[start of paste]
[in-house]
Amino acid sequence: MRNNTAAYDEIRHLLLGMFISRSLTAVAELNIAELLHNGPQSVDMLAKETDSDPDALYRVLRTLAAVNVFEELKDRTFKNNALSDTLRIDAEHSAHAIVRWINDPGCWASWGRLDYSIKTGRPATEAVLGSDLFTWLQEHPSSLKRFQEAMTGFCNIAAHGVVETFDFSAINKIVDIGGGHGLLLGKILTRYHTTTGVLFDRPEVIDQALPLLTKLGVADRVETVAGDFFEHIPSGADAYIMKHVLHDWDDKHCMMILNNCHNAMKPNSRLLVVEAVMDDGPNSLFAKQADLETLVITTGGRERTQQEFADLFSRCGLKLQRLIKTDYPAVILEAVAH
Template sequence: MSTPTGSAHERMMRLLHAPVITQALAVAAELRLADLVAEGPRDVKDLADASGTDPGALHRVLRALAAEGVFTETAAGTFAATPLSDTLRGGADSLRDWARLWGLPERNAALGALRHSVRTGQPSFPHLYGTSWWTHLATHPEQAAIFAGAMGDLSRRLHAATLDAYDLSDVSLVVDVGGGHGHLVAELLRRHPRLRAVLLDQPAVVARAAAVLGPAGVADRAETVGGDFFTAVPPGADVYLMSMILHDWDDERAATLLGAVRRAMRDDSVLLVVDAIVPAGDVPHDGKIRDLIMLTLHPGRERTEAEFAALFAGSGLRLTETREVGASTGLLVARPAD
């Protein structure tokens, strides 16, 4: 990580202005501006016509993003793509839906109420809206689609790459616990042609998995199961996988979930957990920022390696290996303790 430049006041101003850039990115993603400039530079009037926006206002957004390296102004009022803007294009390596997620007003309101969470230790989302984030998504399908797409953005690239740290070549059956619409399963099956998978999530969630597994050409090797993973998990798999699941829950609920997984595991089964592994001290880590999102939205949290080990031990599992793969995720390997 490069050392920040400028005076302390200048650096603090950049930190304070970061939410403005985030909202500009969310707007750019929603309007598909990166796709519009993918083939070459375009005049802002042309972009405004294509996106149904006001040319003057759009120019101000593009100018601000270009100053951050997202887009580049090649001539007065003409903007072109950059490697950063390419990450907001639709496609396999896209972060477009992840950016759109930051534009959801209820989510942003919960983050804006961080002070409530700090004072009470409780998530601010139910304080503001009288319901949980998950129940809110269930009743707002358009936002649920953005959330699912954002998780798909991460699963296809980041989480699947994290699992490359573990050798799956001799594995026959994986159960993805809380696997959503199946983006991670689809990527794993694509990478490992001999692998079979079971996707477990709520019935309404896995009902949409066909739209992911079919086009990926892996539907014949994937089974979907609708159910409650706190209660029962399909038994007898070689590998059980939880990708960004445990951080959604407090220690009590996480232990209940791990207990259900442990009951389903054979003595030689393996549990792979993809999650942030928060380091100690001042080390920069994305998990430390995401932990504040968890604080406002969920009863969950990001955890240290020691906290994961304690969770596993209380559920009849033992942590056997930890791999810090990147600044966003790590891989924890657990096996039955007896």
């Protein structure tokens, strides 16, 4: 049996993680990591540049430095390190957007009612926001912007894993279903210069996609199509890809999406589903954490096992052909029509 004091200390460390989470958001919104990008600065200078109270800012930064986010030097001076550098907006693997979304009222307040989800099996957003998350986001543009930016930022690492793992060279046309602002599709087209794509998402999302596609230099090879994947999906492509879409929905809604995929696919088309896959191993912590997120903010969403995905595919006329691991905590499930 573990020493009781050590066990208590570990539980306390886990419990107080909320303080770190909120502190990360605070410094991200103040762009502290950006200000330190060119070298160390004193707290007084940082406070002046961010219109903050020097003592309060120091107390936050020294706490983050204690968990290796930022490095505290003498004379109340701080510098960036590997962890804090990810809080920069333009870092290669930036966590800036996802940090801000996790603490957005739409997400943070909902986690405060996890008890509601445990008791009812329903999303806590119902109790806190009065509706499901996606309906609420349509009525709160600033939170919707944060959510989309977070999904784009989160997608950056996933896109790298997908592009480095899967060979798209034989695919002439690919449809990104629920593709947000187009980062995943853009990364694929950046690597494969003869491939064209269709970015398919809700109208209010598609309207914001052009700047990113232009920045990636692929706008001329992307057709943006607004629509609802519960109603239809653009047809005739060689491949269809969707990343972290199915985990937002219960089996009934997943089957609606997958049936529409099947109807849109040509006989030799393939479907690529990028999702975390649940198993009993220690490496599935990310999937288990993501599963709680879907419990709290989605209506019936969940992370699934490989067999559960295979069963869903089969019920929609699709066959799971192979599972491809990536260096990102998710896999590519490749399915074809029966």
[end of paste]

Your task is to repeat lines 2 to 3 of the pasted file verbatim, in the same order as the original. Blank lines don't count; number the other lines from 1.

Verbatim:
Amino acid sequence: MRNNTAAYDEIRHLLLGMFISRSLTAVAELNIAELLHNGPQSVDMLAKETDSDPDALYRVLRTLAAVNVFEELKDRTFKNNALSDTLRIDAEHSAHAIVRWINDPGCWASWGRLDYSIKTGRPATEAVLGSDLFTWLQEHPSSLKRFQEAMTGFCNIAAHGVVETFDFSAINKIVDIGGGHGLLLGKILTRYHTTTGVLFDRPEVIDQALPLLTKLGVADRVETVAGDFFEHIPSGADAYIMKHVLHDWDDKHCMMILNNCHNAMKPNSRLLVVEAVMDDGPNSLFAKQADLETLVITTGGRERTQQEFADLFSRCGLKLQRLIKTDYPAVILEAVAH
Template sequence: MSTPTGSAHERMMRLLHAPVITQALAVAAELRLADLVAEGPRDVKDLADASGTDPGALHRVLRALAAEGVFTETAAGTFAATPLSDTLRGGADSLRDWARLWGLPERNAALGALRHSVRTGQPSFPHLYGTSWWTHLATHPEQAAIFAGAMGDLSRRLHAATLDAYDLSDVSLVVDVGGGHGHLVAELLRRHPRLRAVLLDQPAVVARAAAVLGPAGVADRAETVGGDFFTAVPPGADVYLMSMILHDWDDERAATLLGAVRRAMRDDSVLLVVDAIVPAGDVPHDGKIRDLIMLTLHPGRERTEAEFAALFAGSGLRLTETREVGASTGLLVARPAD